Wednesday, November 4, 2015

3 Reasons I'm Self-Publishing My Next Book (Some Stolen from Scott Berkun)

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In January 2014, Lighthouse Publishing of the Carolinas published my first novel, Casting the First StoneGetting my book from manuscript into print remains one of the most exciting things that has ever happened to me. I'd done this before, with books in the education market, but those books were intended for others like me -- school counselors and educators looking for ideas to use at work. Casting the First Stone is a novel -- something I never thought I'd write, let alone get published.

I had no intention of writing any more about these characters, but readers had a different idea. In the next few weeks (I'm aiming for mid-month), Chasing a Second Chance, the continuation of their story, will debut.

This time, I'm doing it myself -- with a little help from my friends.

As I said, getting my book from manuscript into print remains one of the most exciting things that has ever happened to me. And, I learned a lot in the process -- enough that I wanted to try my hand at it. Here are a few reasons why.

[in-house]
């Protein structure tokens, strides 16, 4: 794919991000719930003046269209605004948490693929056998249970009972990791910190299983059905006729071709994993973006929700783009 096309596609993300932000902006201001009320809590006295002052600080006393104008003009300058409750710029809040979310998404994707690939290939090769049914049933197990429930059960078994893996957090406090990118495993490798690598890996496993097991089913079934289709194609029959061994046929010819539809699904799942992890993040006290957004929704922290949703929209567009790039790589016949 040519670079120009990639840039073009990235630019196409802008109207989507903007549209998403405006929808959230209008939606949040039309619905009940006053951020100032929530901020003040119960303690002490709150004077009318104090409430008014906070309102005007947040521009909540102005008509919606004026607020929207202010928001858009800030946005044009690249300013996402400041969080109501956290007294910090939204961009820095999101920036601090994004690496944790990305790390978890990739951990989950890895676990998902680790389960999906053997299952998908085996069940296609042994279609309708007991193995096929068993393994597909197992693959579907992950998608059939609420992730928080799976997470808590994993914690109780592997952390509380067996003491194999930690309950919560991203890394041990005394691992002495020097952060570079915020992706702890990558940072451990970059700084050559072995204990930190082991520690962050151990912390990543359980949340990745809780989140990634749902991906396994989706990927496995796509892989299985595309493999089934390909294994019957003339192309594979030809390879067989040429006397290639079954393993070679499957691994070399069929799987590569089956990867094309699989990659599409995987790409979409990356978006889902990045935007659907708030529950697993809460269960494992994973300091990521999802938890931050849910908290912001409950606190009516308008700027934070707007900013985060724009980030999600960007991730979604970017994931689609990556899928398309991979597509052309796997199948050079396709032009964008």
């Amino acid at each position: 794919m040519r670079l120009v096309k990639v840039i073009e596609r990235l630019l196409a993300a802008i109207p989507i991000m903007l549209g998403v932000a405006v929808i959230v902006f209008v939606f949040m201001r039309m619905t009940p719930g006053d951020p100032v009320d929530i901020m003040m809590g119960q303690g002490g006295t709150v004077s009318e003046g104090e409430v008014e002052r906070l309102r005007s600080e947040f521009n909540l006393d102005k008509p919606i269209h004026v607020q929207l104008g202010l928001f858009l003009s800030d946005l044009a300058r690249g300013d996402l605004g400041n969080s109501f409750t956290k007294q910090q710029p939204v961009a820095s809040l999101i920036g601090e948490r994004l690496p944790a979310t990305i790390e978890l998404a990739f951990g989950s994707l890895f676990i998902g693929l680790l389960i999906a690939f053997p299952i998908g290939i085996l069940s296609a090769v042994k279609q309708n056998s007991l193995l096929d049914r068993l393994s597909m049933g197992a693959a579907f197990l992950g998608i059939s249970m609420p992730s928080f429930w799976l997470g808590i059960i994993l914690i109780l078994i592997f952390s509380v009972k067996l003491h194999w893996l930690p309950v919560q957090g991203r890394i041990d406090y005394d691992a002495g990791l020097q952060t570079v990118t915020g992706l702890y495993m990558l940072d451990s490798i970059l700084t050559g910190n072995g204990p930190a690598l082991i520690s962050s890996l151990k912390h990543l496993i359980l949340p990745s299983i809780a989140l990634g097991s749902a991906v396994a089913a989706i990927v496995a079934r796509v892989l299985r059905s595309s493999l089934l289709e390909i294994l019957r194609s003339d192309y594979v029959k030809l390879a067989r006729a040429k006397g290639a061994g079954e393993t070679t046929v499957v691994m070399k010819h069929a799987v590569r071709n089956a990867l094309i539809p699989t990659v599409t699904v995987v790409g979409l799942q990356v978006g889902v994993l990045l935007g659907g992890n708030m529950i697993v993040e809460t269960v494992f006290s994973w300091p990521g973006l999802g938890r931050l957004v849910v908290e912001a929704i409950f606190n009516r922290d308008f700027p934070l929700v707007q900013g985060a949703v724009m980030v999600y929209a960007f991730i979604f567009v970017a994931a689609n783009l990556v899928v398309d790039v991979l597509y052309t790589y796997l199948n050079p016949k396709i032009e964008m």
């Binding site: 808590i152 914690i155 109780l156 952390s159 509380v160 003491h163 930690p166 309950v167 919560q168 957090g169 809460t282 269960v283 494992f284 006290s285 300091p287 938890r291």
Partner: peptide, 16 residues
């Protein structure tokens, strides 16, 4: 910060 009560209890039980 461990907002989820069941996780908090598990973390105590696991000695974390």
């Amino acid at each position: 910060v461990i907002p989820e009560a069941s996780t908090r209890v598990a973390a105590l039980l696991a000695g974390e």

1. "I expect to write books for a living for the rest of my life. The ore I know about every part of the process, the greater my odds of success." I found that quote in a blog post on Scott Berkun's website, and it resonated with me. He goes on to say, "Even if I never self-publish again, I’ll never look at a book the same way.  I love books. I want to look at them with great understanding of what’s involved in their creation.
Yes. What he said.

2. I'm lucky enough to know people willing to help me. The two most common pieces of advice I've read when it comes to self-publishing are to get the book professionally edited and to invest in a professionally designed cover. If I didn't have well-qualified assists in both of those areas, I don't know if I'd have had the nerve to do it. And, an extra added bonus was that both of these wonderful ladies are friends/family, so they've been known to provide some encouragement along the way as well.
3. I like the idea of being a "hybrid" author. I haven't given up on traditional publishing. In fact, I'm hoping that's exactly where my next novel will land. And, if and when it does, I'll be well-informed, with information from both sides of the table. That said, to borrow from Scott Berkun again, some of what I write might not fit the traditional market. I might not get representation from an agent or a nibble from editor, but I don't necessarily want that to stop me from moving forward. By testing this process with a book that has invested readers already, I'll have a better idea of whether or not that niche book should make it out of the drawer and into public consumption. 

So, if you were wondering why this post was so late...see items 1 through 3 above. :-)

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